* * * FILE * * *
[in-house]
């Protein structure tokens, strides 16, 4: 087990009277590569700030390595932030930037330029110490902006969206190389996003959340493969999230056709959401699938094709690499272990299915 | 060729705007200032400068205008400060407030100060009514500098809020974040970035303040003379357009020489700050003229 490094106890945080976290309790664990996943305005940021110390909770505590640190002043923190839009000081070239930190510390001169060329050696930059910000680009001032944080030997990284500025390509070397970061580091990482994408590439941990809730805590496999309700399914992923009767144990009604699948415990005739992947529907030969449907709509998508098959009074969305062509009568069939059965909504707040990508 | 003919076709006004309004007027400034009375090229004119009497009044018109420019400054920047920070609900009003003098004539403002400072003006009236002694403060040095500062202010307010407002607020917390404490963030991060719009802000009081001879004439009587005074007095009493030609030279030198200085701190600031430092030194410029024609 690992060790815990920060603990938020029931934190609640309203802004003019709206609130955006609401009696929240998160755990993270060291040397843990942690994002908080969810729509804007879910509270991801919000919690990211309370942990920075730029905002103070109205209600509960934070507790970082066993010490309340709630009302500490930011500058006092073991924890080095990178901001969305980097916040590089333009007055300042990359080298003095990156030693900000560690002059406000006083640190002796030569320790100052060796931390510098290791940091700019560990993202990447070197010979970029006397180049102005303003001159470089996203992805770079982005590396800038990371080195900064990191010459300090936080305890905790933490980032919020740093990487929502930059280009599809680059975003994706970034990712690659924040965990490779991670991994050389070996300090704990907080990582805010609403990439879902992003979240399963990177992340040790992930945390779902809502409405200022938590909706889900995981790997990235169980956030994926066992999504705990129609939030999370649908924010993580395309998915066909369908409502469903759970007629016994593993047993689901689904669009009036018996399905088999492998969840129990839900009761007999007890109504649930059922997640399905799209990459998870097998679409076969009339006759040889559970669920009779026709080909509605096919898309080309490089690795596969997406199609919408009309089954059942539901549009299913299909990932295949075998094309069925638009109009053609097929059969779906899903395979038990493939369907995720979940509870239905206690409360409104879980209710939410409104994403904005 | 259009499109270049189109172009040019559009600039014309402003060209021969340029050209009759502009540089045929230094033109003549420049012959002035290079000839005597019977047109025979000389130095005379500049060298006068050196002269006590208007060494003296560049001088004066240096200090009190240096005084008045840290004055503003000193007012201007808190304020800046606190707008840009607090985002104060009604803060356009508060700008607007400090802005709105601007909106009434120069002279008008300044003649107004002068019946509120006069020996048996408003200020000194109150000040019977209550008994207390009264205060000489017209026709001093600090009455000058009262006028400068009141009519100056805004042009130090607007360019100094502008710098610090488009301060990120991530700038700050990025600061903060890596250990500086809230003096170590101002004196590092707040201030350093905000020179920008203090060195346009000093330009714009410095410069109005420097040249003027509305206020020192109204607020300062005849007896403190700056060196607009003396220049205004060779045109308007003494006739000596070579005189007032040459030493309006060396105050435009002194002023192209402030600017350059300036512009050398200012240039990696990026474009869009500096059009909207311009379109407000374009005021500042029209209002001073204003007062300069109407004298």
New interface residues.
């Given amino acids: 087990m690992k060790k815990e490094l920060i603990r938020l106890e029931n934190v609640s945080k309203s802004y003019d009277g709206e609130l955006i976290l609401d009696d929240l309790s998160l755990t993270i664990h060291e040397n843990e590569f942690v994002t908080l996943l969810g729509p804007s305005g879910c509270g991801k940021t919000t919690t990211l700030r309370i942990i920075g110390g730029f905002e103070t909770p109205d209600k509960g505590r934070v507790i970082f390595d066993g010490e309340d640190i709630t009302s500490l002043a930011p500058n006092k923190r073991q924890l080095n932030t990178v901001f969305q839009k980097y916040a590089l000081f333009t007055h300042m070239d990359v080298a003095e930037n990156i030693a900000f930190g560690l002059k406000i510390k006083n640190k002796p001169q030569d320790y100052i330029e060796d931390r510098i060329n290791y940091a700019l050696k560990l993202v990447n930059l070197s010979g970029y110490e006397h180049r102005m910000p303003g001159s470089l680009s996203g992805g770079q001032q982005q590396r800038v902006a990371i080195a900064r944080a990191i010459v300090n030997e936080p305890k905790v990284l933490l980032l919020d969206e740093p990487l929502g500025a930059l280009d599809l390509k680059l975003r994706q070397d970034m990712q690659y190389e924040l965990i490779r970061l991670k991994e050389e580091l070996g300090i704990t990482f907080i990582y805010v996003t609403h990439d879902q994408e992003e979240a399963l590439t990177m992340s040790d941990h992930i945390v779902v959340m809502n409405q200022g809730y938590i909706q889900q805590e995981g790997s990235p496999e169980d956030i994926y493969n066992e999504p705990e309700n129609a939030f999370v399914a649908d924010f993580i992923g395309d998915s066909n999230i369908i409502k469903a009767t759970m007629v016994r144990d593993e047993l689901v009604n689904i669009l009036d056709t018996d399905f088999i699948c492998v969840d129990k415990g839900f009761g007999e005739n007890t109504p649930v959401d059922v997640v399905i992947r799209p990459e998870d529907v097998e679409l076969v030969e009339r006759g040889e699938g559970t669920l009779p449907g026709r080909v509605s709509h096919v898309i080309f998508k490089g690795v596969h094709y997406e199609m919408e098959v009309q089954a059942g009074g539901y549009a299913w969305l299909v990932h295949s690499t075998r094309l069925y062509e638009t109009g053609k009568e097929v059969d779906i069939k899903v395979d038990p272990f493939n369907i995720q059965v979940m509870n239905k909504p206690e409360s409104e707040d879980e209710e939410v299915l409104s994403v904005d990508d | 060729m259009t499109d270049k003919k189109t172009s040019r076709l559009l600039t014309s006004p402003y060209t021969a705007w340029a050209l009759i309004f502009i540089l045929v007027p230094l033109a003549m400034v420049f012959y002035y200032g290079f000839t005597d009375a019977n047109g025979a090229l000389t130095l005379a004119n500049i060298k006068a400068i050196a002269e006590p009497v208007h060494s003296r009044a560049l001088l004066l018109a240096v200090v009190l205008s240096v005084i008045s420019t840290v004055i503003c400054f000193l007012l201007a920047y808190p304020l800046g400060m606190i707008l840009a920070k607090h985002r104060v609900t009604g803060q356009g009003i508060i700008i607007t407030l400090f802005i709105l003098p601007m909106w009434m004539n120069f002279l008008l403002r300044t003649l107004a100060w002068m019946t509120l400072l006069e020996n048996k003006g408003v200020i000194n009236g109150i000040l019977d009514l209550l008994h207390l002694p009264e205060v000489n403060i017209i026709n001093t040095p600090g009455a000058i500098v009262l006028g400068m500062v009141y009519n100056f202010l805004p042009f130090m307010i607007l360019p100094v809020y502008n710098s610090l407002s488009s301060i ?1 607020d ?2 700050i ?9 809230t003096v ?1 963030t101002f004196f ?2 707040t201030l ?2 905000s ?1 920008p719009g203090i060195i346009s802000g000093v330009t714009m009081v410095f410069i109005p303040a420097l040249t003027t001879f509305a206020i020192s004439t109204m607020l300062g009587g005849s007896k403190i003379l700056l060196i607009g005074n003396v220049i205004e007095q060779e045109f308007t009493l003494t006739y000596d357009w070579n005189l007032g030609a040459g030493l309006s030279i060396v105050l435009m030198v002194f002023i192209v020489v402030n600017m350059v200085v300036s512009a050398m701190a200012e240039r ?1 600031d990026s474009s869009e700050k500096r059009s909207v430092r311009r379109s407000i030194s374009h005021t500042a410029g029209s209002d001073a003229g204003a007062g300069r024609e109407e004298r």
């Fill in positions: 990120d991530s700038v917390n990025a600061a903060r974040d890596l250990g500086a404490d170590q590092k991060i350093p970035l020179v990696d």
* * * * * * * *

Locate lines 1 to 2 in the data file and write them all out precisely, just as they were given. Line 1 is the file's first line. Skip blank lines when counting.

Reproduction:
[in-house]
């Protein structure tokens, strides 16, 4: 087990009277590569700030390595932030930037330029110490902006969206190389996003959340493969999230056709959401699938094709690499272990299915 | 060729705007200032400068205008400060407030100060009514500098809020974040970035303040003379357009020489700050003229 490094106890945080976290309790664990996943305005940021110390909770505590640190002043923190839009000081070239930190510390001169060329050696930059910000680009001032944080030997990284500025390509070397970061580091990482994408590439941990809730805590496999309700399914992923009767144990009604699948415990005739992947529907030969449907709509998508098959009074969305062509009568069939059965909504707040990508 | 003919076709006004309004007027400034009375090229004119009497009044018109420019400054920047920070609900009003003098004539403002400072003006009236002694403060040095500062202010307010407002607020917390404490963030991060719009802000009081001879004439009587005074007095009493030609030279030198200085701190600031430092030194410029024609 690992060790815990920060603990938020029931934190609640309203802004003019709206609130955006609401009696929240998160755990993270060291040397843990942690994002908080969810729509804007879910509270991801919000919690990211309370942990920075730029905002103070109205209600509960934070507790970082066993010490309340709630009302500490930011500058006092073991924890080095990178901001969305980097916040590089333009007055300042990359080298003095990156030693900000560690002059406000006083640190002796030569320790100052060796931390510098290791940091700019560990993202990447070197010979970029006397180049102005303003001159470089996203992805770079982005590396800038990371080195900064990191010459300090936080305890905790933490980032919020740093990487929502930059280009599809680059975003994706970034990712690659924040965990490779991670991994050389070996300090704990907080990582805010609403990439879902992003979240399963990177992340040790992930945390779902809502409405200022938590909706889900995981790997990235169980956030994926066992999504705990129609939030999370649908924010993580395309998915066909369908409502469903759970007629016994593993047993689901689904669009009036018996399905088999492998969840129990839900009761007999007890109504649930059922997640399905799209990459998870097998679409076969009339006759040889559970669920009779026709080909509605096919898309080309490089690795596969997406199609919408009309089954059942539901549009299913299909990932295949075998094309069925638009109009053609097929059969779906899903395979038990493939369907995720979940509870239905206690409360409104879980209710939410409104994403904005 | 259009499109270049189109172009040019559009600039014309402003060209021969340029050209009759502009540089045929230094033109003549420049012959002035290079000839005597019977047109025979000389130095005379500049060298006068050196002269006590208007060494003296560049001088004066240096200090009190240096005084008045840290004055503003000193007012201007808190304020800046606190707008840009607090985002104060009604803060356009508060700008607007400090802005709105601007909106009434120069002279008008300044003649107004002068019946509120006069020996048996408003200020000194109150000040019977209550008994207390009264205060000489017209026709001093600090009455000058009262006028400068009141009519100056805004042009130090607007360019100094502008710098610090488009301060990120991530700038700050990025600061903060890596250990500086809230003096170590101002004196590092707040201030350093905000020179920008203090060195346009000093330009714009410095410069109005420097040249003027509305206020020192109204607020300062005849007896403190700056060196607009003396220049205004060779045109308007003494006739000596070579005189007032040459030493309006060396105050435009002194002023192209402030600017350059300036512009050398200012240039990696990026474009869009500096059009909207311009379109407000374009005021500042029209209002001073204003007062300069109407004298």